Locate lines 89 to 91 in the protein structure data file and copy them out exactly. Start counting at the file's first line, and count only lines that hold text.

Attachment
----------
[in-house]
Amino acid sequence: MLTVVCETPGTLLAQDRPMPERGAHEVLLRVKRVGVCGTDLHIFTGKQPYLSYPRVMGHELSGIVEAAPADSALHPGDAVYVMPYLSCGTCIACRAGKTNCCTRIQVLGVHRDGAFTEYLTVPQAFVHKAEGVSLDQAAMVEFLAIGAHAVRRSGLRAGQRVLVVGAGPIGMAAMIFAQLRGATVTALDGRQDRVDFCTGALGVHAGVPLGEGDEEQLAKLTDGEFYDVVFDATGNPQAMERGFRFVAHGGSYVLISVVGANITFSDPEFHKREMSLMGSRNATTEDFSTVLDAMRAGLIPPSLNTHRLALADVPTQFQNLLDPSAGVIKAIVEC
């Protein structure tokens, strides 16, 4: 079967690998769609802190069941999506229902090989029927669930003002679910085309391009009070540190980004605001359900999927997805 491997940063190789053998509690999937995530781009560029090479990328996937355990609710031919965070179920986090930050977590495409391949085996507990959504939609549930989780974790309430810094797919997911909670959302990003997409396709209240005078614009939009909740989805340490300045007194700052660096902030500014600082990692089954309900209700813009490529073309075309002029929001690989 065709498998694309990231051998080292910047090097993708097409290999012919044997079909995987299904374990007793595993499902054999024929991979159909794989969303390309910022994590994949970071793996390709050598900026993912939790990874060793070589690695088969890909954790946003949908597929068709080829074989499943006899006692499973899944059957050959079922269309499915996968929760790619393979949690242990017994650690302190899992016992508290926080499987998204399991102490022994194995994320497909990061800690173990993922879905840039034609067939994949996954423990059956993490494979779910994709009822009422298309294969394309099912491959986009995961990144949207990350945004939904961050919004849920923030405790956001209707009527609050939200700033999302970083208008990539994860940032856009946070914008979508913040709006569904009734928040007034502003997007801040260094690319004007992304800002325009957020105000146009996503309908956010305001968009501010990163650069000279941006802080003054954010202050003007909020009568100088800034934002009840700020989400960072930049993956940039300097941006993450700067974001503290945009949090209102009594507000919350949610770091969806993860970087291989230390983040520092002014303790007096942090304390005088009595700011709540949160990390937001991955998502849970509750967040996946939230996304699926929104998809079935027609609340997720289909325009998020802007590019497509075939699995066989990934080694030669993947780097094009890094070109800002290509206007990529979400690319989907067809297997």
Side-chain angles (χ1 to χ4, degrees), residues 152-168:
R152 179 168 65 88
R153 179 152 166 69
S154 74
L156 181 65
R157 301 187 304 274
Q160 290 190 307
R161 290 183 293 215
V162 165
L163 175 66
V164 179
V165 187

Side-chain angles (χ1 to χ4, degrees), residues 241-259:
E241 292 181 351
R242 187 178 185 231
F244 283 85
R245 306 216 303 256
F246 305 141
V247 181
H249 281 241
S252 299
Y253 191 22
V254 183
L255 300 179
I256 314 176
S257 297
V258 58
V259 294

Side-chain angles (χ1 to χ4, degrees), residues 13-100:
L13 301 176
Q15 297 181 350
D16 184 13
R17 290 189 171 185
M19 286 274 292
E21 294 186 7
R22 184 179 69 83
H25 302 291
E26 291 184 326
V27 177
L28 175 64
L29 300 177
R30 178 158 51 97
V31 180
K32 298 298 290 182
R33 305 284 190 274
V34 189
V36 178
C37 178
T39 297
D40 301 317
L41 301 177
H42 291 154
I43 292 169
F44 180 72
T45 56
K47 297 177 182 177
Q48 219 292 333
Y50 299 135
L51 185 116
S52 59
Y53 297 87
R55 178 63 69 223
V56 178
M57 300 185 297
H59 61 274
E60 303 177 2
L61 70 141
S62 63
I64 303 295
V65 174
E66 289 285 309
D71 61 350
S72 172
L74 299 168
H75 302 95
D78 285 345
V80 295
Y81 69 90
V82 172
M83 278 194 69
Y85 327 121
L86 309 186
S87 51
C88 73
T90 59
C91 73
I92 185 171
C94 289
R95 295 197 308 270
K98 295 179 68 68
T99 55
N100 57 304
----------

C91 73
I92 185 171
C94 289